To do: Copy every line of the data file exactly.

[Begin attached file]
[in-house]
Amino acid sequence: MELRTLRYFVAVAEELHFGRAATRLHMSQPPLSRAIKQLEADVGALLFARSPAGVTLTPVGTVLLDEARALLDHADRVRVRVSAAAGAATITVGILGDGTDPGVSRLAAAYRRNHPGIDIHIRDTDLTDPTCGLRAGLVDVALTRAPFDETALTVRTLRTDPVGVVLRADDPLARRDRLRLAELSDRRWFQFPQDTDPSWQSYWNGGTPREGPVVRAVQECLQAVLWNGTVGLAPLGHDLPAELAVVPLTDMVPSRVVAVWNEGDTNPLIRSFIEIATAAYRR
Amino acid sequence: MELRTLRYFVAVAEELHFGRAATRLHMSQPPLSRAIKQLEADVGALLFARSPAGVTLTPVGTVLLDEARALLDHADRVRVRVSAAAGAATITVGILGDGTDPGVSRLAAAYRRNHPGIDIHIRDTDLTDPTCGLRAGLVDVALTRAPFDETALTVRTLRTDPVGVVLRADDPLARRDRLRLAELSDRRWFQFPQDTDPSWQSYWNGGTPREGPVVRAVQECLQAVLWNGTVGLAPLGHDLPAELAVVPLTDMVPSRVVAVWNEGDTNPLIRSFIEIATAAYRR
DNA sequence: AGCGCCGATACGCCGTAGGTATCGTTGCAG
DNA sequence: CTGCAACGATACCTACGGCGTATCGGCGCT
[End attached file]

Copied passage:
[in-house]
Amino acid sequence: MELRTLRYFVAVAEELHFGRAATRLHMSQPPLSRAIKQLEADVGALLFARSPAGVTLTPVGTVLLDEARALLDHADRVRVRVSAAAGAATITVGILGDGTDPGVSRLAAAYRRNHPGIDIHIRDTDLTDPTCGLRAGLVDVALTRAPFDETALTVRTLRTDPVGVVLRADDPLARRDRLRLAELSDRRWFQFPQDTDPSWQSYWNGGTPREGPVVRAVQECLQAVLWNGTVGLAPLGHDLPAELAVVPLTDMVPSRVVAVWNEGDTNPLIRSFIEIATAAYRR
Amino acid sequence: MELRTLRYFVAVAEELHFGRAATRLHMSQPPLSRAIKQLEADVGALLFARSPAGVTLTPVGTVLLDEARALLDHADRVRVRVSAAAGAATITVGILGDGTDPGVSRLAAAYRRNHPGIDIHIRDTDLTDPTCGLRAGLVDVALTRAPFDETALTVRTLRTDPVGVVLRADDPLARRDRLRLAELSDRRWFQFPQDTDPSWQSYWNGGTPREGPVVRAVQECLQAVLWNGTVGLAPLGHDLPAELAVVPLTDMVPSRVVAVWNEGDTNPLIRSFIEIATAAYRR
DNA sequence: AGCGCCGATACGCCGTAGGTATCGTTGCAG
DNA sequence: CTGCAACGATACCTACGGCGTATCGGCGCT